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ARS Home » Plains Area » College Station, Texas » Southern Plains Agricultural Research Center » Food and Feed Safety Research » Research » Publications at this Location » Publication #172096


item Sheffield, Cynthia
item Andrews, Kathleen - Kate
item Harvey, Roger
item Crippen, Tawni - Tc
item Nisbet, David

Submitted to: Journal of Food Protection
Publication Type: Peer Reviewed Journal
Publication Acceptance Date: 8/4/2005
Publication Date: 1/20/2006
Citation: Sheffield, C.L., Andrews, K., Harvey, R.B., Crippen, T.L., Nisbet, D.J. 2006. Dereplication by automated ribotyping of a competitive exclusion culture bacterial isolate library. Journal of Food Protection. 69:228-232.

Interpretive Summary: The treatment of animals with a mix of harmless bacteria in an attempt to prevent infection from disease-causing bacteria is a strategy called competitive exclusion. This strategy is used in place of chemical antibiotics to control disease-causing bacteria in food animals. During competitive exclusion treatment, a mix of many different bacterial species is given to the animal. This mix is originally harvested from healthy animals and its bacterial make-up must be determined prior to its use in competitive exclusion treatment. The process of defining the bacterial make-up of this mix is a complicated and time consuming process when done by selective culturing methods. In the present study, a technique called automated ribotyping was compared to selective culturing techniques for identifying a complicated mix of bacteria. In addition to being more time consuming than ribotyping, selective culturing methods lack the precision of ribotyping and, therefore, often result in the duplication of species. Ribotyping, on the other hand, can identify the individual species of bacteria contained within the competitive exclusion treatment more rapidly and more precisely. A total of 157 isolates from the competitive exclusion mix used in this study were screened and sorted into 23 ribogroups. This is an 85% reduction from the size of the original library. A total of 134 duplicate bacterial species could be discarded from the library by using the ribotyping technique. This is a significant reduction in the time and effort necessary to determine the bacterial make-up in this mix compared to standard selective culture techniques.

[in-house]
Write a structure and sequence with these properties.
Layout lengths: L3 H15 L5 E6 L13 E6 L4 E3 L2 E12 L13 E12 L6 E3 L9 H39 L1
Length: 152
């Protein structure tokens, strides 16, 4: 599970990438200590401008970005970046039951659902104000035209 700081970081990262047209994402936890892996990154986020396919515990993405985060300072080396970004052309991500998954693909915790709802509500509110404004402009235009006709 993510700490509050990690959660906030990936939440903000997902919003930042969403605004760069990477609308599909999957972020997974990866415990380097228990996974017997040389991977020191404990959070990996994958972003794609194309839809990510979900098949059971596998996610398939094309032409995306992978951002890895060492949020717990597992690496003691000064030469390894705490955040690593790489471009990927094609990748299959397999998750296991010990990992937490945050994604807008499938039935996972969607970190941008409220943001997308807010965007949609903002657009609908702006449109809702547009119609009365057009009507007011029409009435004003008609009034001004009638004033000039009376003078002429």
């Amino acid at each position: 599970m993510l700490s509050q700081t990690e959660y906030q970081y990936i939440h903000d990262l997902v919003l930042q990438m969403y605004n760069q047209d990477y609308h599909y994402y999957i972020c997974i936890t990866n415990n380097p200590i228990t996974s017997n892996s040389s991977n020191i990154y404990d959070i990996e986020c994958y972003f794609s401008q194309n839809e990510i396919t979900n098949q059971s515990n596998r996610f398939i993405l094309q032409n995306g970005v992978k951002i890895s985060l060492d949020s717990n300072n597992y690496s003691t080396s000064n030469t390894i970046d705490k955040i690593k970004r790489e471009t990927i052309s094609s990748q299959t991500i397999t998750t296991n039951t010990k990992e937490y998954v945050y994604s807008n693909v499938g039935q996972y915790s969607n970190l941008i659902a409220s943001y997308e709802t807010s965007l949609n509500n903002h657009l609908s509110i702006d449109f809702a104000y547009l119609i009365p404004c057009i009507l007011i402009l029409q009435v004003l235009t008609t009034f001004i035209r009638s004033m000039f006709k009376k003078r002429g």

Technical Abstract: Concerns over the development of antibiotic resistant bacteria within the food animal industry have intensified the search for more natural approaches to the prevention and treatment of bacterial diseases in food animals. Competitive exclusion cultures are the foundation of a disease-management strategy based on the use of benign bacterial strains to prevent the establishment of pathogenic bacteria within a specific host. Differentiation of phenotypically ambiguous isolates is a critical step in establishing a manageable library of bacteria for use in the development of defined competitive exclusion cultures. Automated ribotyping was employed to dereplicate a large collection of phenotypically indistinguishable isolates from a continuous-flow competitive exclusion culture. A total of 157 isolates were screened by automated ribotyping following an EcoRI restriction enzyme digestion. The isolates were resolved into 23 ribogroups, which represents an 85% reduction in the number of isolates in the bacterial isolate library. Seventy-six percent of the isolates fit into one of 5 ribogroups. This work demonstrated that automated ribotyping is an effective and efficient tool for dereplication of bacterial libraries.